Re: [CostumeHistoryClass] Costuming a Victorian/Edwardian Play
- That definitely sounds fun. I've got to try it while I'm on sabbatacal this fall for kicks and giggles.
Claudia Hill <sunshadowlady@...> wrote: Dear Dr Maginnis,
It's really quite simple, at least for the package I
use. After you put in the measurements and made a
fitting shell or sloper, which you only have to do
once for each person, you go to the pattern drafting
screen. There are many choices for each design
element. For example, in a dress, these would be
Bodice, collar, sleeves, skirt, and pockets. Each
element has an extensive menu of choices, as well as
input fields to tweak the numerical inputs (amount of
ease, length of skirt, etc). When you have made all
your choices and saved the pattern, you can print it
out on regular computer paper, tape it together at the
alignment marks, and cut it out.
If the pattern needs adjusting for the period, you can
load it into the Pattern Editor, an easy to use CAD
program, and change anything, whether it involves
adding to the pattern, subtracting, putting new seams,
or whatever. The program keeps track of necessary
adjustments (for example, if you change the sleeve, it
adjusts the armhole and cuff to match. For example,
the program offers leg o' mutton sleeves, but let's
say they are not as puffy as you would like for an
Edwardian costume. You can easily add a lot of puff
in the pattern by moving the cutting line over while
the program takes care of the details.
The program will make cutting layouts and gives
yardage estimates, but I don't use this feature. It
also labels the pieces with the name of the piece, the
date drafted, and the name of the person whose
measurements you used, and/or whatever text you want.
It does not supply directions for construction, so
either you need to be at least an intermediate
seamstress or provide yourself with Simply the Best
or the Reader's Digest The New Complete Guide to
I have both books and they are starting to look like
they have been loved to death--they fall open to the
section on zippers of their own accord.
Really, though, the best way to get a feel for the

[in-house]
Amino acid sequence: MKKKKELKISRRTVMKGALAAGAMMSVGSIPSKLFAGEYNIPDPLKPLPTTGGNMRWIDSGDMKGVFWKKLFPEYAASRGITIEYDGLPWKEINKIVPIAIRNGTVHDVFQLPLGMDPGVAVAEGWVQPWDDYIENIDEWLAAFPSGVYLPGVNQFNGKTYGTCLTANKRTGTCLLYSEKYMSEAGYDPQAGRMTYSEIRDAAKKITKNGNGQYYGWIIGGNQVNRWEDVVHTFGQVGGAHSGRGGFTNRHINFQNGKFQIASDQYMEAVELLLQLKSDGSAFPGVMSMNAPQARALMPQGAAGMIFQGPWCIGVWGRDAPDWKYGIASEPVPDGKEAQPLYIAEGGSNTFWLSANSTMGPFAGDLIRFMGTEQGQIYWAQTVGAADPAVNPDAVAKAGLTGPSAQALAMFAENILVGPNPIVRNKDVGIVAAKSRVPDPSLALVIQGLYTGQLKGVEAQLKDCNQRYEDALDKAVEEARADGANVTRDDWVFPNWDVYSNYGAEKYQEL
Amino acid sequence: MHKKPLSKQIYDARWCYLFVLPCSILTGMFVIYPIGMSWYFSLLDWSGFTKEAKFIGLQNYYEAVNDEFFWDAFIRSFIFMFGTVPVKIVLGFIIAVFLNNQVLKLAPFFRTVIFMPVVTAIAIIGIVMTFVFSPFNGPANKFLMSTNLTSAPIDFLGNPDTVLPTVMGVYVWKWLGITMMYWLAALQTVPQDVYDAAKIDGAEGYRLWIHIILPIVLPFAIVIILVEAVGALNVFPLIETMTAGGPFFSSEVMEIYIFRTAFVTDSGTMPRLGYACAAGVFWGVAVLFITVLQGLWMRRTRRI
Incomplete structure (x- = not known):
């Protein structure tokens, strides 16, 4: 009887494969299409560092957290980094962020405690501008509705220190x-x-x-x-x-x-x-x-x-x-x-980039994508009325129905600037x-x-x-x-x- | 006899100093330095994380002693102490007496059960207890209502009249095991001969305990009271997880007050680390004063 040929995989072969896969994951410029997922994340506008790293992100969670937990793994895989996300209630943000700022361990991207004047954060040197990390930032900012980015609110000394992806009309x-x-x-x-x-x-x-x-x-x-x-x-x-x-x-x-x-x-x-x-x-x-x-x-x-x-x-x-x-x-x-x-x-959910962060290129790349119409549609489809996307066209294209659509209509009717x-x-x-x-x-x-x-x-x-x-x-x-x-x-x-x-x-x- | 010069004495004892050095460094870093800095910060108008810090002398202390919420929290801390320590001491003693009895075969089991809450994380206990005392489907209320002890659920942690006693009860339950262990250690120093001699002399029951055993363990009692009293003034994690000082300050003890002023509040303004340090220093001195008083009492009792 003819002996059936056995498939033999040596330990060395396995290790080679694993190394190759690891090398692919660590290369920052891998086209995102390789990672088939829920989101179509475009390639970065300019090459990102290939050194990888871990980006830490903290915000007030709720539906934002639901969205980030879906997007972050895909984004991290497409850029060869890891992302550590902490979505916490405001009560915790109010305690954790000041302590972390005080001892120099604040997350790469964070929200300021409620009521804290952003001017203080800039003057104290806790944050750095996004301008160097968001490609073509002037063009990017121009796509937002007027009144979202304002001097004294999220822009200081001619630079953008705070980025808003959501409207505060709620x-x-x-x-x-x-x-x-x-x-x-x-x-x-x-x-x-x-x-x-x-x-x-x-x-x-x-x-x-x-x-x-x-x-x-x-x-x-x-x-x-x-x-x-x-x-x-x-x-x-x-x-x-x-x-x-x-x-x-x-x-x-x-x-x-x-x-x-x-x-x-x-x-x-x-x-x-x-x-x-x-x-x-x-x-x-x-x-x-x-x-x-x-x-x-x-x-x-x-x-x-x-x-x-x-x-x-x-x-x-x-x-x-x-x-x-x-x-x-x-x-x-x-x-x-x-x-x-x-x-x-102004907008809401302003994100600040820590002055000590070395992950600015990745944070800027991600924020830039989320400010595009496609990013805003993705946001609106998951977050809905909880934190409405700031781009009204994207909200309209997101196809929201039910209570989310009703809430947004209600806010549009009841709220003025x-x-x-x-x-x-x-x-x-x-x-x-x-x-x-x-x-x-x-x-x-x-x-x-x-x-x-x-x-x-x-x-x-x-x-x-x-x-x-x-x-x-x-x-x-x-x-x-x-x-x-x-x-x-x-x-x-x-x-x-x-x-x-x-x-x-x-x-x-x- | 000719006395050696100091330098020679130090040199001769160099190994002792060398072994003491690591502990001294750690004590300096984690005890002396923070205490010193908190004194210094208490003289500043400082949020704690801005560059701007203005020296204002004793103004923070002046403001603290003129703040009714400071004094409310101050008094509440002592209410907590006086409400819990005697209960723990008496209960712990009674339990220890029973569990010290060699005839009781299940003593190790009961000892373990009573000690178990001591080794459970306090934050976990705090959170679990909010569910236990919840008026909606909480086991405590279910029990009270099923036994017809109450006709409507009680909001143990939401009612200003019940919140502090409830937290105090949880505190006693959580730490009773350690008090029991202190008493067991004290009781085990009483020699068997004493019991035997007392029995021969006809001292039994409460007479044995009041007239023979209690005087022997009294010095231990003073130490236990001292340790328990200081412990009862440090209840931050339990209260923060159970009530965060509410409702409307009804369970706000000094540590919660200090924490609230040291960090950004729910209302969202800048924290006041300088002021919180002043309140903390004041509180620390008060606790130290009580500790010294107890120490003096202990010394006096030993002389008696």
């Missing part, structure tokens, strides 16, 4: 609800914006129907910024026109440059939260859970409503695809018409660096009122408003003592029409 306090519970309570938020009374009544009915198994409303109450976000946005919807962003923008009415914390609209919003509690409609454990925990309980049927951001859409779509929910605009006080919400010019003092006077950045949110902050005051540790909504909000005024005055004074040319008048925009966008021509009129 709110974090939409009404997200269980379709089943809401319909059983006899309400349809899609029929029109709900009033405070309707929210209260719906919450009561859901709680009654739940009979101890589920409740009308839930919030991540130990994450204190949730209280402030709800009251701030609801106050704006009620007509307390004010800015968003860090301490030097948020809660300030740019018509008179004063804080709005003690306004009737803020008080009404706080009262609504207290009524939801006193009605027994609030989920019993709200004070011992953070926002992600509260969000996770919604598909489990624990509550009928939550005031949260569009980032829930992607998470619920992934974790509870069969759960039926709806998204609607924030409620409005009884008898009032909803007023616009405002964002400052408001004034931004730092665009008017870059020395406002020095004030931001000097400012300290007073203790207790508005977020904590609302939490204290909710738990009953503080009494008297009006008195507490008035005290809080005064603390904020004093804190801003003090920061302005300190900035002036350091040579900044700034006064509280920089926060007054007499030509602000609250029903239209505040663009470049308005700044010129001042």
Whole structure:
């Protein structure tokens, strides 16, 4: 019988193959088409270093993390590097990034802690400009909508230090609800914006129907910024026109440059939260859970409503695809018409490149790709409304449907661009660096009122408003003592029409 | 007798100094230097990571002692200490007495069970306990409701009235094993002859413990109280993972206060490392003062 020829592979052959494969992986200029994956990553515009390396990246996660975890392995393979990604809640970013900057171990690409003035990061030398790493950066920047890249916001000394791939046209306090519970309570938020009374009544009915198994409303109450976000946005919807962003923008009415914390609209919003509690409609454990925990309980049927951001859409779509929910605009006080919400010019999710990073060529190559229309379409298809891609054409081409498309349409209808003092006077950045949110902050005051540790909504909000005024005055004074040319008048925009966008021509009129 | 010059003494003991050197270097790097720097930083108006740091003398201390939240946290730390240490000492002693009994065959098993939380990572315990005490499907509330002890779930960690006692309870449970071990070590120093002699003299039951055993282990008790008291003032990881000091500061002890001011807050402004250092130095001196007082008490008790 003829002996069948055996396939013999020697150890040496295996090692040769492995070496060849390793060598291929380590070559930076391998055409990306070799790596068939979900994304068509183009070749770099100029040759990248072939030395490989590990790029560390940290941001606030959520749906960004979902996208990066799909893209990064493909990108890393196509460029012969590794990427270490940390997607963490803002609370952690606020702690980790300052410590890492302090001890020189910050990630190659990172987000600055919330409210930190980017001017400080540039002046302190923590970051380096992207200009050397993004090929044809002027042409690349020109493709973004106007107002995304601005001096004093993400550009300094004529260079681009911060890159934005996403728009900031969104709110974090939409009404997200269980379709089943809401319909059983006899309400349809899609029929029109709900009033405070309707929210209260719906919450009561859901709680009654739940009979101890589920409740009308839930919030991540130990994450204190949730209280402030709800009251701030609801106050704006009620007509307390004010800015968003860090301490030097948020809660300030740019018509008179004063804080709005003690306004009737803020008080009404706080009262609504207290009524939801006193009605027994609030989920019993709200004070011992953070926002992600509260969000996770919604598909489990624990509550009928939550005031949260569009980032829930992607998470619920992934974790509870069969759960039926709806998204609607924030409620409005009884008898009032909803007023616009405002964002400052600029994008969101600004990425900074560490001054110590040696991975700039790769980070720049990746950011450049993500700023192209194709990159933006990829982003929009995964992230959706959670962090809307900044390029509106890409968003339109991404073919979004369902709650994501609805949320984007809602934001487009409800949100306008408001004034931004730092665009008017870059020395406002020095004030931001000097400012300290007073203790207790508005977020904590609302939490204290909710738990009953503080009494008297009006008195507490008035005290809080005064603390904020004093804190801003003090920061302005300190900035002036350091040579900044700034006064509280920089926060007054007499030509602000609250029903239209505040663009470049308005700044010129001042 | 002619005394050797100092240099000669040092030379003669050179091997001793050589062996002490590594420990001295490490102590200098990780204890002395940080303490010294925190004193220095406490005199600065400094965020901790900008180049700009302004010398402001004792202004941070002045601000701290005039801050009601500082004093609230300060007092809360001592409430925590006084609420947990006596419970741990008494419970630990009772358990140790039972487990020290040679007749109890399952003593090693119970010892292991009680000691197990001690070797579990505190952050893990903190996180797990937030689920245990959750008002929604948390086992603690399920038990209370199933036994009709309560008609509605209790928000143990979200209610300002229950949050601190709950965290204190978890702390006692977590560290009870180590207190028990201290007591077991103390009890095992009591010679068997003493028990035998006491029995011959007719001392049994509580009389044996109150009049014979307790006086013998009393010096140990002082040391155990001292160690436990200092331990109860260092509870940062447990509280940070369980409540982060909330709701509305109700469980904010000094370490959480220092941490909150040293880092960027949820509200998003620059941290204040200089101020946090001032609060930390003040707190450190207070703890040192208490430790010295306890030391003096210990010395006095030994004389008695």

programs is to download the free trials which many of
the manufacturers offer--complete versions of the
program except that they won't print out the pattern.
I might add FYI that Wild Ginger also offers a
professional pattern drafting program, Cameo. I don't
know anything about it; it's way too expensive for me.
This link should take you to the page to download the
As far as adapting a pattern, (and incidently allowing
you to custom-fit it without actually having to divide
any fractions)you could simply choose the menu
items--length and flare of skirt, for example--closest
to the pattern and tweak it in the pattern editor if
the result wasn't quite right. I didn't have any
trouble drafting a pattern for "my" garment, the
Edwardian summer tea gown, and I'm certainly no
There are other pattern-drafting software packages out
there, and some of them also offer free demos, but I
rejected them because they didn't seem to me to be
flexible enough--this was three years ago, though. For
I hape this helps.
--- Tara Maginnis
> Tell me more about using pattern drafting software__________________________________________________
> for making period patterns. I've always been
> interested in it for technical reasons, though I
> don't actually NEED it for practical reasons (I
> learned pattern drafting long ago, so I don't need
> it, it just sounds like a fun tech toy). How would
> the software work with, say, trying to adapt a
> pattern from something like Janet Arnold?
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----Tara Maginnis, Ph.D., Costume Designer, Professor and Chair
of the Theatre Department of the University of Alaska Fairbanks
Website: "The Costumer's Manifesto" at http://costumes.org
Theatre Department Web Site: http://www.uaf.edu/theatre
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